Ice pick scars are best treated with punch excision, a surgical procedure used for deep acne scars. A punch biopsy tool is used to cut out the scars, then the normal edges of the skin are stitched together, all while the patient is under local anesthesia. The edges of the skin that are sewn together are undamaged by scarring so that they are able to neatly heal through a normal and controlled healing process. There will be a scar following the procedure, however it will eventually fade and become less noticeable than the original acne scar. The new scar will be able to respond to laser therapies such as Fraxel Re:store treatments much better than the acne scar.
Lasers are a commonly used modality in the treatment of acne scars. Laser resurfacing, such as Fraxel, has revolutionized the treatment of acne scars, as well as wrinkles, surgical scars, melasma and other skin conditions. This laser utilizes a wavelength that penetrates deep into the tissue to create tiny zones of micro-damage. The new damage stimulates a healing process, in which the body naturally creates new collagen and elastin that remodels the skin’s surface and leaves behind a smoother surface. Recovery is minimal with a sunburn-like condition that lasts up to a few days after treatment.
Dr. Cameron Rokhsar is regarded as an international authority on the use of the Fraxel laser and has taught more physicians on its use than any other physician in the world. Fraxel Re:store can treat scarring in three to five sessions, while Fraxel Re:pair results can be seen within one to two treatments. However, Fraxel Re:pair uses a different wavelength, which means it can leave the skin raw for a few days and will require patient downtime.
“It is a common misconception that creams can effectively treat the scars acne leaves behind,” says Dr. Rokhsar. “It is only through a proper assessment of a patient’s scars, that a correct treatment approach can be implemented to achieve desired results.”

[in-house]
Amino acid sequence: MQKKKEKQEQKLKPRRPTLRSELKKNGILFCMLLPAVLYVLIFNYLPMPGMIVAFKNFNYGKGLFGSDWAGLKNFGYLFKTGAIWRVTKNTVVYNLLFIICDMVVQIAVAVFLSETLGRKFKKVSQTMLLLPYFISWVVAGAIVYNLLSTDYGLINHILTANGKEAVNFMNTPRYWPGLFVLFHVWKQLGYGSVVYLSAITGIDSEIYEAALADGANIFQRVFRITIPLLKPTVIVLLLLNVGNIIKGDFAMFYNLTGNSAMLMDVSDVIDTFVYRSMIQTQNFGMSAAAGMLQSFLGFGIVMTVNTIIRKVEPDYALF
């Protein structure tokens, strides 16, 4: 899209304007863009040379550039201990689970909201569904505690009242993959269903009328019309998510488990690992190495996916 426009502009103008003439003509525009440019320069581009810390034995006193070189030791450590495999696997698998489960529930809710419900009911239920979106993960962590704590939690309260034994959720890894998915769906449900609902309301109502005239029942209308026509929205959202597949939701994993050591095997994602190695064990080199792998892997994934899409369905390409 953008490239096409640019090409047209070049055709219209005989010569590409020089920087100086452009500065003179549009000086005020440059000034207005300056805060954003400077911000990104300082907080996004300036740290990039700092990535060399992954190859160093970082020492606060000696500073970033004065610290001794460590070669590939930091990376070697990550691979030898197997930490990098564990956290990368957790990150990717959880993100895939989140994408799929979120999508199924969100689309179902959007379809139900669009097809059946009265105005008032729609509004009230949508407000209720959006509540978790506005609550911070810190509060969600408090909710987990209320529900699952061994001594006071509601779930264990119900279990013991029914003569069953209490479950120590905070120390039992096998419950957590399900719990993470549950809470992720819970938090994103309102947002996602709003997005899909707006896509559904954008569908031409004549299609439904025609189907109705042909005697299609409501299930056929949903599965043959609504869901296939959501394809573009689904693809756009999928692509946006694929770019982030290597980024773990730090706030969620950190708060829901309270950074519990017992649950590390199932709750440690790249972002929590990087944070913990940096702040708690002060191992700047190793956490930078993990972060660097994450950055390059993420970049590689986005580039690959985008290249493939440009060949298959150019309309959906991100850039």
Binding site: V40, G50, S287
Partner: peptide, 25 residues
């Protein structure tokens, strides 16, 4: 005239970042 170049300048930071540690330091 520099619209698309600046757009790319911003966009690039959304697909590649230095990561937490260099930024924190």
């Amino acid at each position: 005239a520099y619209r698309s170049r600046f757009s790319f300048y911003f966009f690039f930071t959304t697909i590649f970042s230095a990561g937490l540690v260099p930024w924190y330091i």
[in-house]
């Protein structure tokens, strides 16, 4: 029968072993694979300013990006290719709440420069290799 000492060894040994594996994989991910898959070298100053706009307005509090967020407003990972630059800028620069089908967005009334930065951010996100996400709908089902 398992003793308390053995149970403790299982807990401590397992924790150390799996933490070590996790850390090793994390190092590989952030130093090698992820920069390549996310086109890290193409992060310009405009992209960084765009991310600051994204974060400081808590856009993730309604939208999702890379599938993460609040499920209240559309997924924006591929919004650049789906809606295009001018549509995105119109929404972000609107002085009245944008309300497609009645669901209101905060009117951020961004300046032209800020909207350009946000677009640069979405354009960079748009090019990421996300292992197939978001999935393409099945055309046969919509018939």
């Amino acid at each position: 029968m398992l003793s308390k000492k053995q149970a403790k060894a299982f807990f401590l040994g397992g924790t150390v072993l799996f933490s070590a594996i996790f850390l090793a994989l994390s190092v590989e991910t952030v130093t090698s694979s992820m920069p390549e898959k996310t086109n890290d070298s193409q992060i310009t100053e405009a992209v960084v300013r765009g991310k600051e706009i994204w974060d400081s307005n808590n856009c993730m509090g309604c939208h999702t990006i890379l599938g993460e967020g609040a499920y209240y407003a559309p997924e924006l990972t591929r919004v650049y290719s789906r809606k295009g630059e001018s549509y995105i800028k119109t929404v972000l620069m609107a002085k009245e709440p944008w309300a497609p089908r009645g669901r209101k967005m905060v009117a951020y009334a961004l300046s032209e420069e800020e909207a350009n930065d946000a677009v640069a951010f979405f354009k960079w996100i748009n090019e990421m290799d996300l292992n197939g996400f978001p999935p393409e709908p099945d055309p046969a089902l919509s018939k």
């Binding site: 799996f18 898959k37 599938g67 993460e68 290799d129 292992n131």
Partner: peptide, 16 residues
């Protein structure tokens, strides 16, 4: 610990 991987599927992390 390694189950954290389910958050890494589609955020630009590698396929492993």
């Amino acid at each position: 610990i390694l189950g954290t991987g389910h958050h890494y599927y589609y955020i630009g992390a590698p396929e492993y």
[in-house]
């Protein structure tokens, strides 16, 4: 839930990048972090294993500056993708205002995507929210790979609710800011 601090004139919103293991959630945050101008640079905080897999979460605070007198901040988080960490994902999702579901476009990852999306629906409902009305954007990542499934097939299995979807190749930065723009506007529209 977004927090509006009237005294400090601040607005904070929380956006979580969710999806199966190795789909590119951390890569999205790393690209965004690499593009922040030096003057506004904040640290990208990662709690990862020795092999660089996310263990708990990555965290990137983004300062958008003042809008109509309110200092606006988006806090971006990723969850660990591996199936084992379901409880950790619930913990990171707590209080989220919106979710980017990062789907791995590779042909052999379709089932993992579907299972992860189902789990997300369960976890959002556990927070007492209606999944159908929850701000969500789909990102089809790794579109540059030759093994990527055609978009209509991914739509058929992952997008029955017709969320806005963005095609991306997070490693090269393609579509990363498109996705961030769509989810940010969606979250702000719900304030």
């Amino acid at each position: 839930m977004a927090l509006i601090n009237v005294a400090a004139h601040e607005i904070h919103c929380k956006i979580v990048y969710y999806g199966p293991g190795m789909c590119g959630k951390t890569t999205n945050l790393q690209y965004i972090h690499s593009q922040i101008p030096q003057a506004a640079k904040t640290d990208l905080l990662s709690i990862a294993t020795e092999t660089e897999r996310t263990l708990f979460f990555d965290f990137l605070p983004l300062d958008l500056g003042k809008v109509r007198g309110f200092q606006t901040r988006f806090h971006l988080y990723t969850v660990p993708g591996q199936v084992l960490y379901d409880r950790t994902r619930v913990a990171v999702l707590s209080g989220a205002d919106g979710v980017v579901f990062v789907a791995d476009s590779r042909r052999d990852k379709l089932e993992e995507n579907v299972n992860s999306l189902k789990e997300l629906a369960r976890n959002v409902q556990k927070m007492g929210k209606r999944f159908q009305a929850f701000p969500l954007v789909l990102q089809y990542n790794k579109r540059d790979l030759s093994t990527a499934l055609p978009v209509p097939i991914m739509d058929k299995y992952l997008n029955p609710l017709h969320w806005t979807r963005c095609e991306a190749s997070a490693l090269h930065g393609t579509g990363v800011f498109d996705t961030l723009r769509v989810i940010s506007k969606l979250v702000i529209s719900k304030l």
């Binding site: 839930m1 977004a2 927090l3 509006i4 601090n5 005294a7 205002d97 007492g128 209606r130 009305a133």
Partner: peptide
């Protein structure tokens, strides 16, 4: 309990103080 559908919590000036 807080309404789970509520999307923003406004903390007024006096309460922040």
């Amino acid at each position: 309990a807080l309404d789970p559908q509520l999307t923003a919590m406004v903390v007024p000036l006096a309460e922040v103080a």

The V-Beam, also known as the pulsed dye laser, is another non-invasive treatment option for acne scars. Instead of addressing deep pits and uneven surfaces, V-Beam most affectively treats the redness from breakout inflammation. The redness left behind from acne is a result of tiny broken capillaries at the site of the healed acne lesion, which is more common and more visibly noticeable with newer acne scars. The V-Beam laser treats the red acne scar with its dual cooling and deep heating process that targets and treats the broken vessels within one to three treatments.
Contrary to popular belief, microdermabrasion and chemical peels aren’t the ideal treatments for acne scars, as they only strip the top layer of skin off and without treating the actual deep rooted problem. Microdermabrasion is an exfoliating treatments that is used to gently sand the skin, followed by a small vacuum that sucks up dead cells and debris. It works best for superficial wrinkles, scars, and mild acne. Chemical peels are used to treat similar conditions resulting in a smoother skin surface, but do not affectively treat acne scars, which require deeper treatments.
The best treatment for acne scars is of course prevention. An estimated 95 percent of all acne sufferers will develop a scar to some extent, which makes it seem impossible to breakout without a mark. However, early treatment, through a qualified dermatologist is the best preventative measure. When scars inevitably persist and seem impossible to erase, scar type identification and appropriate treatment are the solution.
Dr. Cameron K. Rokhsar, M.D., is the leading authority in laser surgery and non-invasive techniques, Dr. Rokhsar, has extensive training and expertise in the field of skin resurfacing, tightening and scar treatment. A graduate of Harvard and New York University, Dr. Rokhsar is a fellowship-trained dermatologist and laser surgeon and extensively published medical author and Professor of Dermatology at Albert Einstein College of Medicine. His offices are located in New York City and Garden City, Long Island.